The Age of Revolutions has always fascinated me. After I first learned about the French Revolution as a child, I promptly decapitated my Princess Jasmine Barbie for crimes against the Republic. (My mother screwed her head back on, thus allowing Princess Jasmine to elude revolutionary justice.) This time period, roughly 1774-1849, encompasses some of the greatest shifts in Western thinking, and transformations of Europe and its colonies so seismic that, when asked about the influence of the French Revolution, former Chinese premier Zhou Enlai is purported to have replied, “It’s too early to say .”
But for all these dramatic changes, these great increases of rights for the common man and citizen, the expanded world of the age of sail, it is one of the most whitewashed periods of history in contemporary culture. Period pieces—and the fantasies inspired by them—are pale as debutant’s white muslin gown. In the days before Hamilton suggested that people of color could own and be interested in the American Revolution as much as white students, I had the same historical vision of this time period as a 1950s Republican Senator. I had a vague understanding that the Indian muslins and Chinese silks Jane Austen characters wore had to come from somewhere, but someone like me, a mixed race kid with a Chinese mother and a white American father? I didn’t belong there. There was no place for me in this history.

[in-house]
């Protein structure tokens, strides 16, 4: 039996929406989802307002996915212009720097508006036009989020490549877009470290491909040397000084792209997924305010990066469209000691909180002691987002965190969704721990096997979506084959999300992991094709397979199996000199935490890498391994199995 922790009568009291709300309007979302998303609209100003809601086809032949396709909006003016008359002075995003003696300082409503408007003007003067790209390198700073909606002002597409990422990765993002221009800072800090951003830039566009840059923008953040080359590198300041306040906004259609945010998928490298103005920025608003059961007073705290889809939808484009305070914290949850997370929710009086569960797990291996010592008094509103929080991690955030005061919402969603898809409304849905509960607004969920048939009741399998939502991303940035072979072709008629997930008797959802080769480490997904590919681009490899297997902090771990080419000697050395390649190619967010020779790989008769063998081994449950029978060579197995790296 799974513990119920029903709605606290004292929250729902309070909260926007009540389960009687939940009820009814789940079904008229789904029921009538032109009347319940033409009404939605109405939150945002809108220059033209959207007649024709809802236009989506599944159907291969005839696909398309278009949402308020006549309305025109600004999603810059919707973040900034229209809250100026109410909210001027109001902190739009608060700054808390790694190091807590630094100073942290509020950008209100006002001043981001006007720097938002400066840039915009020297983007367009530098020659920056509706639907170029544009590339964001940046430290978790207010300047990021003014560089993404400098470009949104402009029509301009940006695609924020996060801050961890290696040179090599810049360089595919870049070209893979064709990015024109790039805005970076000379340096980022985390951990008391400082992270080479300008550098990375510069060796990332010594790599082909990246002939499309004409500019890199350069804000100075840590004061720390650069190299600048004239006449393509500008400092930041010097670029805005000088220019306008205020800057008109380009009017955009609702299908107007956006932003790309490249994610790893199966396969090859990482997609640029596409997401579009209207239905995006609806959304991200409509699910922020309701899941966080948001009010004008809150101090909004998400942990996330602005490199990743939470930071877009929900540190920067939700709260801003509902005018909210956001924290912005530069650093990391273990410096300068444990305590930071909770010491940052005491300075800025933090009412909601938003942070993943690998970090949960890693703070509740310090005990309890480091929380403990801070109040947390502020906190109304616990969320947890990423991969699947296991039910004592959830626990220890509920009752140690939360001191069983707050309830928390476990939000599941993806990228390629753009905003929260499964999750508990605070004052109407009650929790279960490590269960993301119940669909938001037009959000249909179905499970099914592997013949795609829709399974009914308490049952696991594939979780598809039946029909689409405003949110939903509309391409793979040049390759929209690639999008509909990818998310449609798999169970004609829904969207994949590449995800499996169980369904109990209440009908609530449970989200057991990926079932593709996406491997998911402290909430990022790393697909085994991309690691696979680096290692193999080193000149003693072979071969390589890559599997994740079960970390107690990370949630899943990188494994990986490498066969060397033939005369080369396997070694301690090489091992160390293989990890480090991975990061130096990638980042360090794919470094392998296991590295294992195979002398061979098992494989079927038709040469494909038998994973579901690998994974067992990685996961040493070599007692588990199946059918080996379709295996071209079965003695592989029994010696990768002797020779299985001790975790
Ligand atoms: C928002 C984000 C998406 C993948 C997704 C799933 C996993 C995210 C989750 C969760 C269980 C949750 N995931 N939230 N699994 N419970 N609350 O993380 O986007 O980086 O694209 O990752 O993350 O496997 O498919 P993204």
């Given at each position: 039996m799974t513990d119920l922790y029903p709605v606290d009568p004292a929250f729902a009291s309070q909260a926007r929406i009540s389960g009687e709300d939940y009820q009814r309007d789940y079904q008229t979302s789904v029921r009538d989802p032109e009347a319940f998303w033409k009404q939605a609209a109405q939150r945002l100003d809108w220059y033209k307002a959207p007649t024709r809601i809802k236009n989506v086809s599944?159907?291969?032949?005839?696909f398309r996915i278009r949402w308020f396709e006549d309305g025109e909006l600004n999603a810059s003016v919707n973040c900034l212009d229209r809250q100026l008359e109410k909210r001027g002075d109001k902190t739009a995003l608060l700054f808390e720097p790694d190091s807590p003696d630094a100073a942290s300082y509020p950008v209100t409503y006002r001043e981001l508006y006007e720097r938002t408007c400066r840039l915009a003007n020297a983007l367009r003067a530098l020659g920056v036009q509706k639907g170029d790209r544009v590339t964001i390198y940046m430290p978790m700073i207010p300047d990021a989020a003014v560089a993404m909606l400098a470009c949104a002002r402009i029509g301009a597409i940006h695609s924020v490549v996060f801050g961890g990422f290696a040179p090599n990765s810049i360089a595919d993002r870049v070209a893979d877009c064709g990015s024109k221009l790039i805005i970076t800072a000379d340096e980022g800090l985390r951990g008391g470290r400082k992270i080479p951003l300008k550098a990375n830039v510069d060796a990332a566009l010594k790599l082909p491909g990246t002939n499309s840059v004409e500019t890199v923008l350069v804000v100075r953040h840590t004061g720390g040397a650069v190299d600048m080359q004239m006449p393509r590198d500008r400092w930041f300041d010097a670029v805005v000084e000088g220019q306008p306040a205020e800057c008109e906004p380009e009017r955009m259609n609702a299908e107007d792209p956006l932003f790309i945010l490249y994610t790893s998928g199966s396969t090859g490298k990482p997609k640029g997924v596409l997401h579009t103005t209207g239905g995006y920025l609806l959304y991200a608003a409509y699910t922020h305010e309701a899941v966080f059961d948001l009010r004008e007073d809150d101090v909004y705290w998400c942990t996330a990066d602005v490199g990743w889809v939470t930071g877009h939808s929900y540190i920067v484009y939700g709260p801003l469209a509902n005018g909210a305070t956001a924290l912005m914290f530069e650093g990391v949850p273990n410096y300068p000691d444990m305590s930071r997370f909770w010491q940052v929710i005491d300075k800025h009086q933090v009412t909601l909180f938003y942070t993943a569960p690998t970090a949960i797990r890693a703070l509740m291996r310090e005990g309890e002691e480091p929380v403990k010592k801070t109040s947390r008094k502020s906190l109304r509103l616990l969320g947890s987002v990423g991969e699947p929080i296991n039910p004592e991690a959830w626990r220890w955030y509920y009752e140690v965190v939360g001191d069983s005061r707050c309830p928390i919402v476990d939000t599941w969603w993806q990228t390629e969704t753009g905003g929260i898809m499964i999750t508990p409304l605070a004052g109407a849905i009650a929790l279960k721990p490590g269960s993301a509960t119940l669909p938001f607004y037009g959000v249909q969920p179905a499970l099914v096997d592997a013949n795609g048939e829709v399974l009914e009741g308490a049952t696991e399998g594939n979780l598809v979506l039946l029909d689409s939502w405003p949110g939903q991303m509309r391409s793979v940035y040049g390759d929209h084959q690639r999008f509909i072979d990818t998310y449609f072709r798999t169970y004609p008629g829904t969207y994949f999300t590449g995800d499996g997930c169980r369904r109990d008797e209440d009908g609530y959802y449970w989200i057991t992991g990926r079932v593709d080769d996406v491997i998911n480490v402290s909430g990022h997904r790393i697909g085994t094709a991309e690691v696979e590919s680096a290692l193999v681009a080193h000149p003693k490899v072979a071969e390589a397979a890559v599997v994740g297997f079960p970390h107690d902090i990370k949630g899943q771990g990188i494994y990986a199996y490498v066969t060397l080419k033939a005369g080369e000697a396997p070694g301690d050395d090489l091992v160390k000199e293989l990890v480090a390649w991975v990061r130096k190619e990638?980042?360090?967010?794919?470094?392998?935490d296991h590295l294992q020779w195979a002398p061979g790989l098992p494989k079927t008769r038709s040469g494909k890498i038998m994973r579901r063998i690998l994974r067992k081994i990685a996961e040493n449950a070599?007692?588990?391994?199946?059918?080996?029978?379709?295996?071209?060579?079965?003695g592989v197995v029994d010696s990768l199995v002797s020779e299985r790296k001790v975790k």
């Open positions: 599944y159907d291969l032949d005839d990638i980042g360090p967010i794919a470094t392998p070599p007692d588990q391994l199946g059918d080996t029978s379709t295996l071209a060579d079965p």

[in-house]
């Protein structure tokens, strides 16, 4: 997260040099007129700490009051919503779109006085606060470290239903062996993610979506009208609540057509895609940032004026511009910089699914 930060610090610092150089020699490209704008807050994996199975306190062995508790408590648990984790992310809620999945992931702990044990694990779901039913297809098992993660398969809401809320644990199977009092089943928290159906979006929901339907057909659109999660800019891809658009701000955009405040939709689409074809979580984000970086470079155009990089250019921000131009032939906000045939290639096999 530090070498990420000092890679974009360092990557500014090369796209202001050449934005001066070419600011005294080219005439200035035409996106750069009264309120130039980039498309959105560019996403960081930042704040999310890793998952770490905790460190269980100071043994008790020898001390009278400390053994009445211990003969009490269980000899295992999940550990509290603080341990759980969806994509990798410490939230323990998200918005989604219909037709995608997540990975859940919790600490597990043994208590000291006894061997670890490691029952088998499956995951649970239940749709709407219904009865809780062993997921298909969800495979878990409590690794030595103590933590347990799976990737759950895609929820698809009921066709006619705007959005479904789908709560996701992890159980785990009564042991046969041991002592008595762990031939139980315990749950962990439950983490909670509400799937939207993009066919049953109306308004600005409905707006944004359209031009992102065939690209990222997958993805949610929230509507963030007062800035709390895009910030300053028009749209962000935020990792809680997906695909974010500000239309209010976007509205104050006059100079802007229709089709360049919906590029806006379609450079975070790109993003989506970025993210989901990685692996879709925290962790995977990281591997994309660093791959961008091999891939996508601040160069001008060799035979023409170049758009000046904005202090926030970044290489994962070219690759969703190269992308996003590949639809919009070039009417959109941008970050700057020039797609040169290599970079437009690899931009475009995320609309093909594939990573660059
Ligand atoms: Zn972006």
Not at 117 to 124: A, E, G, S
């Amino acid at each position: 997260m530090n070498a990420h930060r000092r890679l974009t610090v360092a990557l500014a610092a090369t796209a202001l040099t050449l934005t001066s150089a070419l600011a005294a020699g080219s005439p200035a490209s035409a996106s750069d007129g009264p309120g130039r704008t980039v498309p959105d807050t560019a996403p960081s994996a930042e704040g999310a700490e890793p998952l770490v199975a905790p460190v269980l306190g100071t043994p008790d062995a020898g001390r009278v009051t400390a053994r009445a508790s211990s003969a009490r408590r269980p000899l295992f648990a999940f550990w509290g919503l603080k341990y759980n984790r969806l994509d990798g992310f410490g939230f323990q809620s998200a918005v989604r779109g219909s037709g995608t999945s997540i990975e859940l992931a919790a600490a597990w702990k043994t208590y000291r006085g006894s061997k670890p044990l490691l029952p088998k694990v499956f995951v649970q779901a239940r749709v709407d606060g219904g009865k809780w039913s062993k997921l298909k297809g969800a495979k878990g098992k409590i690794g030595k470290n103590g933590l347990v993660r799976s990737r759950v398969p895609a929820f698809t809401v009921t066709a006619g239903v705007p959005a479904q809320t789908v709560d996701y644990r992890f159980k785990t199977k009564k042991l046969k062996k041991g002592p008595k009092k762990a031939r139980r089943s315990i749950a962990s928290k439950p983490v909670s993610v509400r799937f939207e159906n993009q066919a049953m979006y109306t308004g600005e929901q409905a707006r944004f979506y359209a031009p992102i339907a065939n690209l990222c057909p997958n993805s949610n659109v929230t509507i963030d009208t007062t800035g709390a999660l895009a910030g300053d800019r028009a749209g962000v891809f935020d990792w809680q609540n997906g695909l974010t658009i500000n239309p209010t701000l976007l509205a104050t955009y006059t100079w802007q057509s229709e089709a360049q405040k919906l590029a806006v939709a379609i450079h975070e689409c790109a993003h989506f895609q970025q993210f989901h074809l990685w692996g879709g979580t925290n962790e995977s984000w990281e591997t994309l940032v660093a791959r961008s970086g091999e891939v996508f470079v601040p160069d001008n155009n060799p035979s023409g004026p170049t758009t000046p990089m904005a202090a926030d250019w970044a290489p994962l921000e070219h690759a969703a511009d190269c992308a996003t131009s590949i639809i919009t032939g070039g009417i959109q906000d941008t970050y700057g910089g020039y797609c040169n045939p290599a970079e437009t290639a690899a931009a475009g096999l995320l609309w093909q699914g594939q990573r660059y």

Enter Tenzing Tharkay, from Naomi Novik’s alternate history Temeraire series.